Niuē-fekai (or Savage) Island and its People
War, Arms, &c
War, Arms, &c.
According to their own account, wars were frequent in Niuē in old times, either as one village against another, or as a combination of several, such as north against the south, which in reality meant the Motu people opposed to the Tafiti people, the two divisions already referred to. But it was not so originally; it seems obvious from the following part of a legend, the whole of which will be found in Part IV, that the first war in the island arose through one of the Tafiti killing one of the Motu tribe. In very early times there was a high chief named Tihamau who was of the Motu tribe, and he had a hagai or lieutenant named Matua-hifi, residing at Avatele, whose business it was to guard against incursions of strange people on that side. A chief named Mutalau, who was probably of the Tafiti tribe, came to Niuē and killed Matua-hifi, as the latter hindered him from landing on the island. Trouble followed between Tihamau, the high-chief of the island, and Mutalau, but after a time this came to an end. Years after, when the sons of the slain Matua-hifi grew up, they determined to be revenged, so gathered their relatives and, proceeding to the north end of the island, there killed Mutalau; and now, says Pule-kula, “commenced the wars in the island which lasted even down to the time when Christianity was first introduced.” (see paragraph 72 et. seq. in Part IV.) As already pointed out, the absence of genealogical tables amongst the Niuē people prevents a date being assigned to this event, but it is clear that it was very long ago.page 60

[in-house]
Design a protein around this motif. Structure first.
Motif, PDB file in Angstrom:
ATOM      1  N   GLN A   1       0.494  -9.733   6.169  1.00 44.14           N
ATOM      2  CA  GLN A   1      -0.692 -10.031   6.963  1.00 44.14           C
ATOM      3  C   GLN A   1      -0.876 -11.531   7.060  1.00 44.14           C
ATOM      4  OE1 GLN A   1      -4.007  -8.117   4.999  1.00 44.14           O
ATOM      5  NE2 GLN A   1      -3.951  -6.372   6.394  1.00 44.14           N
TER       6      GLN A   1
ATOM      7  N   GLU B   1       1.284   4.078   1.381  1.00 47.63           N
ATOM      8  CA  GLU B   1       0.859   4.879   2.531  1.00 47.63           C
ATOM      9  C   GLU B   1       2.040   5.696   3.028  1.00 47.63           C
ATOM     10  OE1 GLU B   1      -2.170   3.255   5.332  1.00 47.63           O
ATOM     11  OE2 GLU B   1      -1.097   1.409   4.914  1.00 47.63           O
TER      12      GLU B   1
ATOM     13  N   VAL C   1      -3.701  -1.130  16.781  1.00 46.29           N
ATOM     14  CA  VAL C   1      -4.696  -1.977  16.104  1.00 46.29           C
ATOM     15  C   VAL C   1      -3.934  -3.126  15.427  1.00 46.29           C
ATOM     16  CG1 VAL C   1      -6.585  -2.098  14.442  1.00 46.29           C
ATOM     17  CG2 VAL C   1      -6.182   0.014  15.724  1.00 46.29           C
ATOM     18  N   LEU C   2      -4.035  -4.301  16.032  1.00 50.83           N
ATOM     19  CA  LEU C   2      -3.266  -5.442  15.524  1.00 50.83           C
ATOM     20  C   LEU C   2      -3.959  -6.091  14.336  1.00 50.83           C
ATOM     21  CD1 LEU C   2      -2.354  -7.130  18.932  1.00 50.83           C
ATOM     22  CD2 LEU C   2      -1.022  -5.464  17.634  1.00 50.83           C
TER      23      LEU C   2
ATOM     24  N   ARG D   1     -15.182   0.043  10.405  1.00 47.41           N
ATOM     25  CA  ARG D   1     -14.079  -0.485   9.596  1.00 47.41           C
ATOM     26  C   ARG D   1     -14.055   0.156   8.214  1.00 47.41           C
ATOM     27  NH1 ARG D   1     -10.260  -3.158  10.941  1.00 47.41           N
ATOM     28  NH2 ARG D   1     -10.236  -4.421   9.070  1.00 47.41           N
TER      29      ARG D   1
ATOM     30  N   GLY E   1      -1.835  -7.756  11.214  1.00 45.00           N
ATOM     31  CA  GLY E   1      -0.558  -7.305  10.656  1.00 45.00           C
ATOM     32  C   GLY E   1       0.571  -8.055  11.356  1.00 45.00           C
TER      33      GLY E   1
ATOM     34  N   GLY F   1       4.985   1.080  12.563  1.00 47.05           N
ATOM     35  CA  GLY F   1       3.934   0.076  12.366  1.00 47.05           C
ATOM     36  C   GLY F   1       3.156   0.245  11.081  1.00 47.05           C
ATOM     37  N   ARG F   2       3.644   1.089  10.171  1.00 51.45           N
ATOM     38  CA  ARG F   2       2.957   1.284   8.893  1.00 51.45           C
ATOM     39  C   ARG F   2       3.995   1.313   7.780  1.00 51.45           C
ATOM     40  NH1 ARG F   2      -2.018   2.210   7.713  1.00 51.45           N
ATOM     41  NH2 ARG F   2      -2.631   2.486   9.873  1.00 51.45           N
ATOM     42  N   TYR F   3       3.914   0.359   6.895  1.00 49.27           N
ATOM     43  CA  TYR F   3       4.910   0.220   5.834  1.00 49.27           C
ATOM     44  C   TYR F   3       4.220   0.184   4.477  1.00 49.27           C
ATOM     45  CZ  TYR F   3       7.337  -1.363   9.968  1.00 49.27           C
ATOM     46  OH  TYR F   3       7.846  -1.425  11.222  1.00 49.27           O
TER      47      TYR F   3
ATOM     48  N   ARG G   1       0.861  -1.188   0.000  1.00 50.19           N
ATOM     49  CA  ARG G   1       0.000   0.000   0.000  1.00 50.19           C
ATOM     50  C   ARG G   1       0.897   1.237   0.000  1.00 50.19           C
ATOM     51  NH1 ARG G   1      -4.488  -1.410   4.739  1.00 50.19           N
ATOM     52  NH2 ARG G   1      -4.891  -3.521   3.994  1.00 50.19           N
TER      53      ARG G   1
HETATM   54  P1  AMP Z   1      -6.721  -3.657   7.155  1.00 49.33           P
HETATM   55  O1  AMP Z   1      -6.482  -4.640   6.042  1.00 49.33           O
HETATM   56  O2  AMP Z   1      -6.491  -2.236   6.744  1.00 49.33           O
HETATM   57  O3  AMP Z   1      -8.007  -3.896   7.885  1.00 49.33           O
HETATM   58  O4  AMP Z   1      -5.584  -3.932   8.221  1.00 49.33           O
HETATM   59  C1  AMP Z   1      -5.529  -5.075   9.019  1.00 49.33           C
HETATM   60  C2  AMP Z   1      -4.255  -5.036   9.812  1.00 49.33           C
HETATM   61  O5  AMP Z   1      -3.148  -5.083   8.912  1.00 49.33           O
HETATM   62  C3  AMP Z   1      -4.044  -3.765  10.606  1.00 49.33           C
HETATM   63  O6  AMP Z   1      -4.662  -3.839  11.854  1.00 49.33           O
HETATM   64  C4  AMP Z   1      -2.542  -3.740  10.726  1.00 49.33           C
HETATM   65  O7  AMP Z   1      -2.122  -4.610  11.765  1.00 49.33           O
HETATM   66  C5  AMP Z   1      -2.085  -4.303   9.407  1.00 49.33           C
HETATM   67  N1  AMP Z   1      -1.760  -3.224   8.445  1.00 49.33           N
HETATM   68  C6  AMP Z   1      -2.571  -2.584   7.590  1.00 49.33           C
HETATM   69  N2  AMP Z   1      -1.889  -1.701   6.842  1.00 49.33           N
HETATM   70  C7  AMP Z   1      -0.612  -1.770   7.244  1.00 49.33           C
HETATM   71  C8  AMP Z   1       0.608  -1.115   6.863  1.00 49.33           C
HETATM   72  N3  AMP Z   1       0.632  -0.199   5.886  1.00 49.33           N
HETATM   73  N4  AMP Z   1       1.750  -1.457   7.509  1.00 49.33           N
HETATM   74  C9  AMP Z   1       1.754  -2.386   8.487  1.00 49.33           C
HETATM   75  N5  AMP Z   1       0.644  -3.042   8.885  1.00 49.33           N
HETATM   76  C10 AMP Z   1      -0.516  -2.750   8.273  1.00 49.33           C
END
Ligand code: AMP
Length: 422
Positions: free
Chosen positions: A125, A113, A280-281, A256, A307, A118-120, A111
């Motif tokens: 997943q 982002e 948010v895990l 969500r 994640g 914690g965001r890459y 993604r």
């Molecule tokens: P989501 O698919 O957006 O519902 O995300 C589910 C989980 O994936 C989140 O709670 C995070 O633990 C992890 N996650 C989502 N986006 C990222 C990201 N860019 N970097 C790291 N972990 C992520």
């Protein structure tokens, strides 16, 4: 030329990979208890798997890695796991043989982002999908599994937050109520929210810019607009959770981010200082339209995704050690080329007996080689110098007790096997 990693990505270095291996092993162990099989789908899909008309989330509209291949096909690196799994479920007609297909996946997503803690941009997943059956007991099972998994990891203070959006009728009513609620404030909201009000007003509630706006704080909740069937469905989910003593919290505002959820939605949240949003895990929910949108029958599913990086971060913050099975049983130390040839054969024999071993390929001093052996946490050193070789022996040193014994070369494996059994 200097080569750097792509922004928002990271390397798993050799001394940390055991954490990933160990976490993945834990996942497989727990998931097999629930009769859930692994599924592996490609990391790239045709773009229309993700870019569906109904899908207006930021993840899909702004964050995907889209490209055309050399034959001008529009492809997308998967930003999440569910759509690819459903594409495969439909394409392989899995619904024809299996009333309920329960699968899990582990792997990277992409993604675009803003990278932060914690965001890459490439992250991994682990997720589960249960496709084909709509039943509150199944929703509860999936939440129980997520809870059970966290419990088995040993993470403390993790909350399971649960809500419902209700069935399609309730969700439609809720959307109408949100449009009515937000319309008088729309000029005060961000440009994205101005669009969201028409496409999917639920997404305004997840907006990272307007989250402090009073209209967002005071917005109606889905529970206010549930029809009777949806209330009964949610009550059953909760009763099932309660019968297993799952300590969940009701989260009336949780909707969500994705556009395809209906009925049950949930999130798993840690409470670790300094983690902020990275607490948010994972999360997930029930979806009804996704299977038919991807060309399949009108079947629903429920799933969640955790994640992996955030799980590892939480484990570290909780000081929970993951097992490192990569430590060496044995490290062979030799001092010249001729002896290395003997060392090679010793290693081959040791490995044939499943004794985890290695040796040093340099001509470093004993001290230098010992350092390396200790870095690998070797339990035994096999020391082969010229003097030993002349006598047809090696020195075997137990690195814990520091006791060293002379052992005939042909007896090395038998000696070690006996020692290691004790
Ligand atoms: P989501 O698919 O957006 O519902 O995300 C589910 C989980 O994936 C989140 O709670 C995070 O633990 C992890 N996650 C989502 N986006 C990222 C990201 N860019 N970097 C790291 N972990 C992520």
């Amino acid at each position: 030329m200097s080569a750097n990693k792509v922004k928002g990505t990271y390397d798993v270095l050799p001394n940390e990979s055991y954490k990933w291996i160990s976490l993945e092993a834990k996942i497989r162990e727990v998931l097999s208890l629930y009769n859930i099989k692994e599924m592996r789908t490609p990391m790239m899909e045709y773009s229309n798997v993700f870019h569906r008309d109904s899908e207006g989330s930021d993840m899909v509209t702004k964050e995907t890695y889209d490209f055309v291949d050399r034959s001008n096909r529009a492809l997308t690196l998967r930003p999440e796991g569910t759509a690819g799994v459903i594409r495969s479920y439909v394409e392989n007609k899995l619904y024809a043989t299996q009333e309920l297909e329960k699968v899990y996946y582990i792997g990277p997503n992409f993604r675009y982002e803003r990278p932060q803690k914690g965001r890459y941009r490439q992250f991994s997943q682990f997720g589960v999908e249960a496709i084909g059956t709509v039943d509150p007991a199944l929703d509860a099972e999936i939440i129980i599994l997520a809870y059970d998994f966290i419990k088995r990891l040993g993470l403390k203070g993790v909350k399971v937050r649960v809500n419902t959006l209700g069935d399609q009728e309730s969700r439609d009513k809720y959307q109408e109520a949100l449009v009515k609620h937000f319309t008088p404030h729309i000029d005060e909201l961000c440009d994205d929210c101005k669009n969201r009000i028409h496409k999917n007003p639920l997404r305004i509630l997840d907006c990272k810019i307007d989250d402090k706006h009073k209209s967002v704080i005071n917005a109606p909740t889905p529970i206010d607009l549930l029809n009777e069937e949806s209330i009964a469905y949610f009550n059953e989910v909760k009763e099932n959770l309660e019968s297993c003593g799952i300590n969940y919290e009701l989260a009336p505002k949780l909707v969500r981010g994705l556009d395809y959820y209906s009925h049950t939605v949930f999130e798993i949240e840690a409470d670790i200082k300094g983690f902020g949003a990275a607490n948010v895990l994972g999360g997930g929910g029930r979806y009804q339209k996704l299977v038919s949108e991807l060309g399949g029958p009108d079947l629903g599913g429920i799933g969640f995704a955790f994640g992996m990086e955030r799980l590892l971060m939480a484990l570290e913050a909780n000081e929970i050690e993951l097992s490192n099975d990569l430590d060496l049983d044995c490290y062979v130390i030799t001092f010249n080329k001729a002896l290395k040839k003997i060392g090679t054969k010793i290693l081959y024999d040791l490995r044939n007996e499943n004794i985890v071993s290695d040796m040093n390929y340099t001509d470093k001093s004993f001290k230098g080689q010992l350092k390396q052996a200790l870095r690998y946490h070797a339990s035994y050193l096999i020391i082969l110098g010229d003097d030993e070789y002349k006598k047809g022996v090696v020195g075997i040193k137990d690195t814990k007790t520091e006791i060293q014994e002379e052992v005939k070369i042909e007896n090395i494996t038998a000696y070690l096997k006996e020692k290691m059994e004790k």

Judging from several exhibitions of the manner in which they used to fight, I do not think their wars were ever on a large scale or very disastrous in character. They were rather a series of ambuscades and skirmishes, in which probably no very great numbers were killed. Occasionally a tribe or the inhabitants of a village would be driven to seek safety in a tauē or fort, but those I have seen were incapable of holding more than a mere handful of people, though there is said to be one on Te-pa Point, near Avatele, access to which is only obtainable through a hole in the rocks, and which can contain a large number of people, as it often has done on occasions when it was besieged (pa-takai). The tauē I have seen were mere natural strongholds in rocks, to which probably art added a little strength by rolling other rocks to fill up holes in the natural defence. The want of water must have been the great drawback to these forts, as it was with the Maori pas.